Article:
Of course, words are cheaper than actions. Next to the breakneck speed of their commitments last summer, the sluggish movement of actual dollars—$1.7 billion of nearly $50 billion according to the Post’s analysis—may confirm some advocates’ suspicion that rhetoric was all it ever was. At the same time, words do have a certain force of momentum. Any message has staying power if it’s said often enough, and by people with loud megaphones. Just ask our last president.

The business of human good

Uninspired as much of its actual funding may be, corporate philanthropy is an interesting space because it sits at the crossroads of two sectors. Its practitioners must forever navigate between the revenue-seeking goals of private enterprise and civil society’s more eclectic aspirations for human betterment.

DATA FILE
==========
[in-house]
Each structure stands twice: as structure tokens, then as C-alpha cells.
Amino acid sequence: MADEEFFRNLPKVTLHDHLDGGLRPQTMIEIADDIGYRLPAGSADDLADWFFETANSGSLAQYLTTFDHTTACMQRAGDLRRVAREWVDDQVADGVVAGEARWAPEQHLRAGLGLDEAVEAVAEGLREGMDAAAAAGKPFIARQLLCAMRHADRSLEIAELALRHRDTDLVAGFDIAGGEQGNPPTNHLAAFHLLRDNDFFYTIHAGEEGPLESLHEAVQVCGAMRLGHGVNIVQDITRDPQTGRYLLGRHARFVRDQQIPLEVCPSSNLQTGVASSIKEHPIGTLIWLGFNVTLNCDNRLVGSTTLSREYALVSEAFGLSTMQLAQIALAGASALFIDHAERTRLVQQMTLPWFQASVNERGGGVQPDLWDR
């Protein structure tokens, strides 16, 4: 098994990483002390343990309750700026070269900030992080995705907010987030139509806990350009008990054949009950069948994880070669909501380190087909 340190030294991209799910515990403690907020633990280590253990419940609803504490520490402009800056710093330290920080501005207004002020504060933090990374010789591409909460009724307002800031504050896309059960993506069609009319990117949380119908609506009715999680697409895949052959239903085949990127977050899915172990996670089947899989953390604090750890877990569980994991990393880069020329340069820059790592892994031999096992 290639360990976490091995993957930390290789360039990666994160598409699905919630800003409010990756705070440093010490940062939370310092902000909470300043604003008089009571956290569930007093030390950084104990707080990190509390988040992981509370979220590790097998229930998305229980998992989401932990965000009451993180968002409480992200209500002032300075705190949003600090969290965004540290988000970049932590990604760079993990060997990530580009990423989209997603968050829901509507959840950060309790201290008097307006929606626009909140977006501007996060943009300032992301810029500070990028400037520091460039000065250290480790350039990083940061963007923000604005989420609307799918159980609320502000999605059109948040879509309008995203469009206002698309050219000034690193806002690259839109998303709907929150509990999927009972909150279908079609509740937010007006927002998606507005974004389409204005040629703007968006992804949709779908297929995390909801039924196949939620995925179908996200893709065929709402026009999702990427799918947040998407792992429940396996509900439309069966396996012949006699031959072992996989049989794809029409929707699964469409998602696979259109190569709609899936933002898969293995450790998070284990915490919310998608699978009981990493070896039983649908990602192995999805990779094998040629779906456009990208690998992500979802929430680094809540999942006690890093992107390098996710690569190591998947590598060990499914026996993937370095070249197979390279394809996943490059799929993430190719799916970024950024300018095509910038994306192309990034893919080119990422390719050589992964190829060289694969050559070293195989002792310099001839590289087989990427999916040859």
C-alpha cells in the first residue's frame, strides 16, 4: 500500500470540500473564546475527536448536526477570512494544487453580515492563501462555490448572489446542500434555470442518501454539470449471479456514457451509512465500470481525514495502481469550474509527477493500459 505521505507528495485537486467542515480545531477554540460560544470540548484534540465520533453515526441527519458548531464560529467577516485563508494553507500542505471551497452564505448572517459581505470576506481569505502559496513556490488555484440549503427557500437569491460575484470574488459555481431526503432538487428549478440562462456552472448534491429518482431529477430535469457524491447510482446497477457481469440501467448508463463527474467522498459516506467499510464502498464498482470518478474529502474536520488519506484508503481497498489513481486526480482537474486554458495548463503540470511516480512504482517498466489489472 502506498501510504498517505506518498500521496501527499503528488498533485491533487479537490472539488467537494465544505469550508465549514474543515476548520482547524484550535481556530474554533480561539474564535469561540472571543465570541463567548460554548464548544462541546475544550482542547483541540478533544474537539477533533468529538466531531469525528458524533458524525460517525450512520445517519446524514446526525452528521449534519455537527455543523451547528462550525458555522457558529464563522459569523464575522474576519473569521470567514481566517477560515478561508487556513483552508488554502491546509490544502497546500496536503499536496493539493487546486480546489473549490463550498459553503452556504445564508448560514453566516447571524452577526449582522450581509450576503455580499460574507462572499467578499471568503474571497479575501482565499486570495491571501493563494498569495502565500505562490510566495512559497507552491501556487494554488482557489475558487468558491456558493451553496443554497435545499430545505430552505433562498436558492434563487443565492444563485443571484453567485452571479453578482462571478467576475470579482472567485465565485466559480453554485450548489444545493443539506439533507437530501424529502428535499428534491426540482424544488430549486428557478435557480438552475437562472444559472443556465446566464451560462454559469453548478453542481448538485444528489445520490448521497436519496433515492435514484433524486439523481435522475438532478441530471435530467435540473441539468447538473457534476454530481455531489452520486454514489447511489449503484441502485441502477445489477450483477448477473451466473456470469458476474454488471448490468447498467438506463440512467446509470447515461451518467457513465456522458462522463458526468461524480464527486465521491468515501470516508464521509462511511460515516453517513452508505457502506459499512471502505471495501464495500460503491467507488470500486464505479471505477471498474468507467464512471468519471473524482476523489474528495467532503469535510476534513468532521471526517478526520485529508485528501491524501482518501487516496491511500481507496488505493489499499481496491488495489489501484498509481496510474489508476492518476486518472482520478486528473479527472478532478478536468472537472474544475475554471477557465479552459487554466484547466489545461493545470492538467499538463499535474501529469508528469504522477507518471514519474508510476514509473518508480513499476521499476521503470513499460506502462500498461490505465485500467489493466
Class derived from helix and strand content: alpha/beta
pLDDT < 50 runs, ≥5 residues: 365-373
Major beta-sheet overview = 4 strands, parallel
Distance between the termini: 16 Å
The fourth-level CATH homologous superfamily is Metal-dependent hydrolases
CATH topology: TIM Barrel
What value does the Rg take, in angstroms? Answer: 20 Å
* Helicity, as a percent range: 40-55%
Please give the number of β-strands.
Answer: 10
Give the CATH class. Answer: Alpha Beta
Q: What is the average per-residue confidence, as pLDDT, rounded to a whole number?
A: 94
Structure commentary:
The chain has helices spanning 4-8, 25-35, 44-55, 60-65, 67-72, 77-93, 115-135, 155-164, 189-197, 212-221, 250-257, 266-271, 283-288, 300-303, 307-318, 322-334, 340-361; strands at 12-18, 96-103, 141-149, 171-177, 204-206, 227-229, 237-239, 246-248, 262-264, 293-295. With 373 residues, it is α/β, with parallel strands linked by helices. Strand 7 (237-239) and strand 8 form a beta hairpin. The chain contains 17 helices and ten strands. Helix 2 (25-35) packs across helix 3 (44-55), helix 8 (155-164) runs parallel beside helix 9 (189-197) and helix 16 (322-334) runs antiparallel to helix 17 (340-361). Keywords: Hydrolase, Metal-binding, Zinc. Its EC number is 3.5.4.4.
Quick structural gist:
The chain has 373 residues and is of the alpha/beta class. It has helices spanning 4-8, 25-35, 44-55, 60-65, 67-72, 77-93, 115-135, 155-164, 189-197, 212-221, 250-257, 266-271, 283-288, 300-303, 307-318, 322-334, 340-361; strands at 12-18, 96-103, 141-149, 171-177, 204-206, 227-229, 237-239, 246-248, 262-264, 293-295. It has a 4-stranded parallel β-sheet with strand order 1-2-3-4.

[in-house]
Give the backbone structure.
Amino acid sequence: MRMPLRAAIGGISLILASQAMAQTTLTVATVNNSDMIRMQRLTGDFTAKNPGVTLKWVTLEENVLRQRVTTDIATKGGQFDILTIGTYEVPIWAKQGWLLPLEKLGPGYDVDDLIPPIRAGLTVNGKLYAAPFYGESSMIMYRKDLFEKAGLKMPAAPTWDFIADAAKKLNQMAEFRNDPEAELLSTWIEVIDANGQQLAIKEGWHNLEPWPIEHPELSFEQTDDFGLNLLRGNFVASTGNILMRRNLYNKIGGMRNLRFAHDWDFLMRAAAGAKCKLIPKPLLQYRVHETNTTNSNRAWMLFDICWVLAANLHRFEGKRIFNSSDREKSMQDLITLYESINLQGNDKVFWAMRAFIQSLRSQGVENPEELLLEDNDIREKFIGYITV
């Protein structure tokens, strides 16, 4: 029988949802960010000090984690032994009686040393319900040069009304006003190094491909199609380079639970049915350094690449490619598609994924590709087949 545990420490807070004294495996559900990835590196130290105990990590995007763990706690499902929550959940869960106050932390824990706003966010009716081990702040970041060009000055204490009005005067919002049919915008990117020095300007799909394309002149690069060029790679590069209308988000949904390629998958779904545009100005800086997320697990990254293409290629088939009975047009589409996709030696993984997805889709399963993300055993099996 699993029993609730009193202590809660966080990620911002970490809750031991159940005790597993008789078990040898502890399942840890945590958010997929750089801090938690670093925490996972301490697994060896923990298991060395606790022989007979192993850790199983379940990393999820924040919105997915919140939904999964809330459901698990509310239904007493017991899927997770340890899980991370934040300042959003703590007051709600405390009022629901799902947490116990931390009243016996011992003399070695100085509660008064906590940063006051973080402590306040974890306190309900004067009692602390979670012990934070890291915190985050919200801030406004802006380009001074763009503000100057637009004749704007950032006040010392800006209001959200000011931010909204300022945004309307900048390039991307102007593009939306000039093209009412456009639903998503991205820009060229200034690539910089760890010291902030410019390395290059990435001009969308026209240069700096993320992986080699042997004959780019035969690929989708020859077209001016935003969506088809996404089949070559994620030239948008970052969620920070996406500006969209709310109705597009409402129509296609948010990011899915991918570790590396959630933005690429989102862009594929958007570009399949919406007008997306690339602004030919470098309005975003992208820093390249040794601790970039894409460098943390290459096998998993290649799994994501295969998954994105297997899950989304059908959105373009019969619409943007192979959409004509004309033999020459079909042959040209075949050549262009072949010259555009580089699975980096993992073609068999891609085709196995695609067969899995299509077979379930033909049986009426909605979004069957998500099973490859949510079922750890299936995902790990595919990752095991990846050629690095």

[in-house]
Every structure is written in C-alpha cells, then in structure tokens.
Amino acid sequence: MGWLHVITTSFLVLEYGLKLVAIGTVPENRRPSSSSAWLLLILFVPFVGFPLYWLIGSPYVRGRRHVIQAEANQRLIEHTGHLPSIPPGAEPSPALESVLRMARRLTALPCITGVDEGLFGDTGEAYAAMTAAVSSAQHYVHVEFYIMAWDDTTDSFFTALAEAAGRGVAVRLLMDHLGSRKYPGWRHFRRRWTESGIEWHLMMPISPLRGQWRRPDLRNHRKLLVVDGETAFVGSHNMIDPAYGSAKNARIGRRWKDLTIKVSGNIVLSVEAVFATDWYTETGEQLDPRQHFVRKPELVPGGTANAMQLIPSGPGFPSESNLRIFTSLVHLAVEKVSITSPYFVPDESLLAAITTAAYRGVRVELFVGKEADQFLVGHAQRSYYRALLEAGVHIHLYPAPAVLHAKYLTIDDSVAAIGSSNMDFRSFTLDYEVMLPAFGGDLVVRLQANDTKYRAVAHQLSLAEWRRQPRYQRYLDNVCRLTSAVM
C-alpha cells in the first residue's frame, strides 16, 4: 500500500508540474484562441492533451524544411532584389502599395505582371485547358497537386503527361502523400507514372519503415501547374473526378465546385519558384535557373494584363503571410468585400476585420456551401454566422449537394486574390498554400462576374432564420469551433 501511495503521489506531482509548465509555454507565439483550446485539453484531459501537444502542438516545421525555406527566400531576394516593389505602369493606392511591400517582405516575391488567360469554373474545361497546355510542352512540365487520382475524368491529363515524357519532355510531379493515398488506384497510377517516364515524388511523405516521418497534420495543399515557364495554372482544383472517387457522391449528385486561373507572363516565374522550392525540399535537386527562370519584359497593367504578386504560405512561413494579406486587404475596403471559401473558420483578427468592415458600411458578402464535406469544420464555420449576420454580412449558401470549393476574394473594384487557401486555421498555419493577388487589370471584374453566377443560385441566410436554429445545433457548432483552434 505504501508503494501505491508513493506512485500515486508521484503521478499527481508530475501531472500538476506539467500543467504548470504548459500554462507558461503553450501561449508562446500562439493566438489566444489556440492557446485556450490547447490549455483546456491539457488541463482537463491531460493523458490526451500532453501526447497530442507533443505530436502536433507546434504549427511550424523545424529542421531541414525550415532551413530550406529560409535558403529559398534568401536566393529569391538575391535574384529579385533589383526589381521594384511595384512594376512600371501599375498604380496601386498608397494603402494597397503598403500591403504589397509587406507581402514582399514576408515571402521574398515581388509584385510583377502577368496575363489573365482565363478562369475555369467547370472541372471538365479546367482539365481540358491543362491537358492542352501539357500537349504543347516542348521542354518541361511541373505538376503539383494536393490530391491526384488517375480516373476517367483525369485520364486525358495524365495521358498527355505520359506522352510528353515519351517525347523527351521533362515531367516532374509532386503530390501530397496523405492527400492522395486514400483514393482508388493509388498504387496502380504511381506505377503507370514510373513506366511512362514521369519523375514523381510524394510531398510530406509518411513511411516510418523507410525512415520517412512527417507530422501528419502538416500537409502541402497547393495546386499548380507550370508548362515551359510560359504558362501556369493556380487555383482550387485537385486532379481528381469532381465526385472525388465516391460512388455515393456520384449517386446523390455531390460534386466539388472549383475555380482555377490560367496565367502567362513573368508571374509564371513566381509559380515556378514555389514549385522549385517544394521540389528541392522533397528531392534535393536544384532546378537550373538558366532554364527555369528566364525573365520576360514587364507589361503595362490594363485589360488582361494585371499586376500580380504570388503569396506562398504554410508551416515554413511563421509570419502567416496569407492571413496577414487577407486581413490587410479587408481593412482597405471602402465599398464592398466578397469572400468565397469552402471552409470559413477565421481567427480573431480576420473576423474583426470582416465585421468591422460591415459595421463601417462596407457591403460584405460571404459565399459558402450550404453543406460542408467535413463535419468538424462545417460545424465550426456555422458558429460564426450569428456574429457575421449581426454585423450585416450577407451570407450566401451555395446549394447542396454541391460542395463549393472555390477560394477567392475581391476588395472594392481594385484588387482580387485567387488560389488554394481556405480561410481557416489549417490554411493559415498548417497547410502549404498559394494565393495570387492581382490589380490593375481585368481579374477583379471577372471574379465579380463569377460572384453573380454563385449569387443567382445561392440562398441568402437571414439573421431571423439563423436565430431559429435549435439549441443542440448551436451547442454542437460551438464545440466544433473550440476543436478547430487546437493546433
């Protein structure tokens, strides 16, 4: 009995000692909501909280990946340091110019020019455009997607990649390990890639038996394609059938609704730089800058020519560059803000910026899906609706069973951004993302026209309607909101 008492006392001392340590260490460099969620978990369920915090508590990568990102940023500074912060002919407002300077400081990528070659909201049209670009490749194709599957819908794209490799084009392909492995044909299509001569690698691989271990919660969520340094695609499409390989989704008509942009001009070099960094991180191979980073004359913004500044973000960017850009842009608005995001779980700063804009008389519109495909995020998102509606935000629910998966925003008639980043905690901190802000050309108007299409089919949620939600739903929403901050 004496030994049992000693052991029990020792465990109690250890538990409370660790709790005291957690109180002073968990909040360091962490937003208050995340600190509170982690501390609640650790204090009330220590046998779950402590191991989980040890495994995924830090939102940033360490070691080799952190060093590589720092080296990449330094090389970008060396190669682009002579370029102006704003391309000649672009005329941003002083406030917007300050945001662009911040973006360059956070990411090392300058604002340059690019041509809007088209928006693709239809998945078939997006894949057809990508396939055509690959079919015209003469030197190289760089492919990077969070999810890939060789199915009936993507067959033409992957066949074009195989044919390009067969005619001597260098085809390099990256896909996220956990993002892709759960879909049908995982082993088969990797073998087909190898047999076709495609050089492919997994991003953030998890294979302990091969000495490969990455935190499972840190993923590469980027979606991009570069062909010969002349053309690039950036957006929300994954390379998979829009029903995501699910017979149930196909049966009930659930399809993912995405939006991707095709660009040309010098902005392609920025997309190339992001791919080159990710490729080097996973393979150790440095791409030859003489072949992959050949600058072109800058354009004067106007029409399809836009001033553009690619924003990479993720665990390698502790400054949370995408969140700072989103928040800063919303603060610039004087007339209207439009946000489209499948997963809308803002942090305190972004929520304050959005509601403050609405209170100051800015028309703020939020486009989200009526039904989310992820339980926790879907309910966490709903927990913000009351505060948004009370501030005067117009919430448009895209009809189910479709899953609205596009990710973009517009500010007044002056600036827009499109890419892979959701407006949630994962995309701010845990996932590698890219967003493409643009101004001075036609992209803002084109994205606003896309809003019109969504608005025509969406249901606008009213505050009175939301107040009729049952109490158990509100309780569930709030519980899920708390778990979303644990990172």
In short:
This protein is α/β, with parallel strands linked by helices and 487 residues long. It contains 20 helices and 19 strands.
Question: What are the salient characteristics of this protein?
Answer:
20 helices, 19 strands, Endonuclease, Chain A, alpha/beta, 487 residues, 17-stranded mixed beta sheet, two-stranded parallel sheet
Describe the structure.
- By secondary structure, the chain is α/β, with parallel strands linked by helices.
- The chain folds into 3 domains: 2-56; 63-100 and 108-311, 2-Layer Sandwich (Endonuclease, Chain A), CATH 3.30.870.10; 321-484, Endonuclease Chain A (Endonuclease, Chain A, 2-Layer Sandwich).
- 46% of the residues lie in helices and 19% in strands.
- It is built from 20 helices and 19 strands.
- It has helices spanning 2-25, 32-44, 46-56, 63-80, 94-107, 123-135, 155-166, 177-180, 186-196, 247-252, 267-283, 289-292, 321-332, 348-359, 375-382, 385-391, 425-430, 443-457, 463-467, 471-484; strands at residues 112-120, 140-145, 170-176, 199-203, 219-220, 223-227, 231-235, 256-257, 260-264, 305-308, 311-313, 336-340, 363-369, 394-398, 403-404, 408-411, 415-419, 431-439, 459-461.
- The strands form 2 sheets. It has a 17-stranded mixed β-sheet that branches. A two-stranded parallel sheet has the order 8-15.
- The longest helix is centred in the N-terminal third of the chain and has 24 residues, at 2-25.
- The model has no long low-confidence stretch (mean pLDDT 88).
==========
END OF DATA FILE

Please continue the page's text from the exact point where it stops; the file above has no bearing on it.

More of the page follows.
But if human good is the sole business of philanthropy, surely we’d expect nonprofit grantmakers to far outdo corporations on the racial equity front, right?

It’s hard to know, given the sector’s lackadaisical reporting requirements, but as of right now, the prognosis doesn’t look so great for private philanthropy, either. A July report from PolicyLink and Bridgespan estimated that of about $11.9 billion in philanthropic capital pledged for racial equity in 2020, only about $1.5 billion can be tracked to recipients so far. And as we saw back around the one-year anniversary of Floyd’s death, racial justice advocates in philanthropy are not at all certain that last year’s momentum will continue.

I’m not all that fond of characterizing philanthropy as society’s risk capital. For the most part, foundations and individual donors are actually a pretty risk-averse lot. But tackling racial injustice will involve some discomfort, some risk. And we cannot in reality expect a private sector driven by profit to incur those risks.

On the other hand, a sector whose name literally means the love of humankind—that should be a different story.